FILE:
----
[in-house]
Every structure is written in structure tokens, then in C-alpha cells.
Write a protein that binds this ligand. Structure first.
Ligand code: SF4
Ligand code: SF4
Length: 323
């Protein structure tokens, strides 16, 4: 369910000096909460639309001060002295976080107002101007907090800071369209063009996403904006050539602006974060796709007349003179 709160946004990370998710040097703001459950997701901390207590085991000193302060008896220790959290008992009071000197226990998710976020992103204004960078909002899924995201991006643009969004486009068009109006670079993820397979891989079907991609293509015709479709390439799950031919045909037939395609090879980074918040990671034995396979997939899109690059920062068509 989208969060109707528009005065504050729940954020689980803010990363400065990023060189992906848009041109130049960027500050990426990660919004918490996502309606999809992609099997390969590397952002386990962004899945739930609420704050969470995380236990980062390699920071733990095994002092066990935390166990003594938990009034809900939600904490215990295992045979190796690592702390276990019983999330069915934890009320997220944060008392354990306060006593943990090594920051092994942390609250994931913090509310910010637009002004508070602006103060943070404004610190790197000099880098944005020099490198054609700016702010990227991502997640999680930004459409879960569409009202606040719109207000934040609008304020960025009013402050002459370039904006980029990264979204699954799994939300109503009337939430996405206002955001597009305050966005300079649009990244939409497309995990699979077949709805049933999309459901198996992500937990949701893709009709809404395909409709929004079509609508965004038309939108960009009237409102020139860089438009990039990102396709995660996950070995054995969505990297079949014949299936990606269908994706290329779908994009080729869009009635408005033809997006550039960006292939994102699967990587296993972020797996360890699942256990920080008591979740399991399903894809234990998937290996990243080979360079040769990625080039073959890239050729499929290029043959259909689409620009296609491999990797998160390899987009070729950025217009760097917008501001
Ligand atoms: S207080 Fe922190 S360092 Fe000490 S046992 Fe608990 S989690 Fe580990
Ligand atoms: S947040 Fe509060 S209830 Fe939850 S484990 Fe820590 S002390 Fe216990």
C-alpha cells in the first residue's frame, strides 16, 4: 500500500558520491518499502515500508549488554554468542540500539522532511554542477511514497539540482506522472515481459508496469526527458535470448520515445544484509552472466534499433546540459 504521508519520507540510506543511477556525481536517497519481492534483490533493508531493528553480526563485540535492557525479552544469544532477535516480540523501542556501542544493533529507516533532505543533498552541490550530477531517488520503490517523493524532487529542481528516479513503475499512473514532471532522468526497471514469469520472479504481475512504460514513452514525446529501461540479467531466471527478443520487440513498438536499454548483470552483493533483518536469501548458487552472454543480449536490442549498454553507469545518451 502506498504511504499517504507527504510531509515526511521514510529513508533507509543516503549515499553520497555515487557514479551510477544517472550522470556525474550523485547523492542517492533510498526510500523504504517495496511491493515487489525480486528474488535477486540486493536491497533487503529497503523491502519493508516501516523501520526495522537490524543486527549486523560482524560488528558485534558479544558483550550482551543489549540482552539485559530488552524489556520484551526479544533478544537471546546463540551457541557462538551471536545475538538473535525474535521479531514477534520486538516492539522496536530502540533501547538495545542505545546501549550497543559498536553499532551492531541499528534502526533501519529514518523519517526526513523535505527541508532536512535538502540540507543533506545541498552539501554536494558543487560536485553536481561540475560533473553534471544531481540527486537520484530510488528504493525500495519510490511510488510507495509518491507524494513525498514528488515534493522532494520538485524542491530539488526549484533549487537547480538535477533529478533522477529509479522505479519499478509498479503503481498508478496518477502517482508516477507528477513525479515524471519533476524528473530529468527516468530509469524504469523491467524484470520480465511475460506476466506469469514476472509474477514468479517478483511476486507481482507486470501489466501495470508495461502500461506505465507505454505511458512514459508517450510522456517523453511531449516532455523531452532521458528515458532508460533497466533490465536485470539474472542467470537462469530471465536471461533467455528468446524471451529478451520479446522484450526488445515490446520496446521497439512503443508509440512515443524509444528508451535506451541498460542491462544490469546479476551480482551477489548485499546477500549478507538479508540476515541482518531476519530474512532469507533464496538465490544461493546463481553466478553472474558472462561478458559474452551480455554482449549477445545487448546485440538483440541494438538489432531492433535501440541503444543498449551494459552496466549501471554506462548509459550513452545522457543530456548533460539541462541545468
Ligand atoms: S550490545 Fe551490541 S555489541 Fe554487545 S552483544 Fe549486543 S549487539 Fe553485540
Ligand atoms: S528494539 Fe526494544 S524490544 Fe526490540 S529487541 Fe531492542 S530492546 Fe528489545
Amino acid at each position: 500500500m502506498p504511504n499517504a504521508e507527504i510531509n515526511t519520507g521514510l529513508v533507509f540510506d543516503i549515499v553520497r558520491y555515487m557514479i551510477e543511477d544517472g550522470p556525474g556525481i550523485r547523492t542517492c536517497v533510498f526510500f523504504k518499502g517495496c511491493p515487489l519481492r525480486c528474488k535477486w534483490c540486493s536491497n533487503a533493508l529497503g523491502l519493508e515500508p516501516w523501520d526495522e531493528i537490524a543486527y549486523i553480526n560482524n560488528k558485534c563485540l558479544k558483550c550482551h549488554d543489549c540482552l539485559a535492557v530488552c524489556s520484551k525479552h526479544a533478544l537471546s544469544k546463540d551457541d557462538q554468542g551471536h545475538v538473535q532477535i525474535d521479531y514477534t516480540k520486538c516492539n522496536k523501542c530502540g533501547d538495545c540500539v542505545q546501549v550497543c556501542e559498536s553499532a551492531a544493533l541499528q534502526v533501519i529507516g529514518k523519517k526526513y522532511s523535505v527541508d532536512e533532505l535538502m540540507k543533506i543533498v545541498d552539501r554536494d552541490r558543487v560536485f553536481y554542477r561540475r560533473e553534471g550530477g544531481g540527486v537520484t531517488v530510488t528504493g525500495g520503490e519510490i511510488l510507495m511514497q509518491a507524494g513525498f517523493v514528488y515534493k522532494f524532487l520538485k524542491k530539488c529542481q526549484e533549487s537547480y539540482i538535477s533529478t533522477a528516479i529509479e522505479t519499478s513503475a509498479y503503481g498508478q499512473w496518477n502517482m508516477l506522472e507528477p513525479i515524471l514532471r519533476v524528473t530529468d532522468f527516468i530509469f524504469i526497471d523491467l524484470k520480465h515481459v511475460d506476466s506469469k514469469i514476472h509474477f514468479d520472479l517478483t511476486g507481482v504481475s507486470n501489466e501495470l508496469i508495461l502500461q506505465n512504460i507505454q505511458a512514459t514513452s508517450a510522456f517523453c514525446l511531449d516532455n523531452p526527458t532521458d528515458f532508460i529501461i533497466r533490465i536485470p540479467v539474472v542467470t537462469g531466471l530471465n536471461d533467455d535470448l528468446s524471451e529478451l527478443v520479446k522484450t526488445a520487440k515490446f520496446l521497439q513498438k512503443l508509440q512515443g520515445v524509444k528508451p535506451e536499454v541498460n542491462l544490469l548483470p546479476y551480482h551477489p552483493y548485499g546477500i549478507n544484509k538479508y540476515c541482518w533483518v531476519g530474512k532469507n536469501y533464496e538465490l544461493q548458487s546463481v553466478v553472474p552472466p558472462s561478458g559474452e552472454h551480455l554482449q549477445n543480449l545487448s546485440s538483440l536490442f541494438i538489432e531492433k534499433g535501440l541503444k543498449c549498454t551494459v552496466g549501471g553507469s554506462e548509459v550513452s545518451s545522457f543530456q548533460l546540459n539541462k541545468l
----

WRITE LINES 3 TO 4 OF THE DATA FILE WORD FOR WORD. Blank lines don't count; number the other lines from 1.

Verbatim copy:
Write a protein that binds this ligand. Structure first.
Ligand code: SF4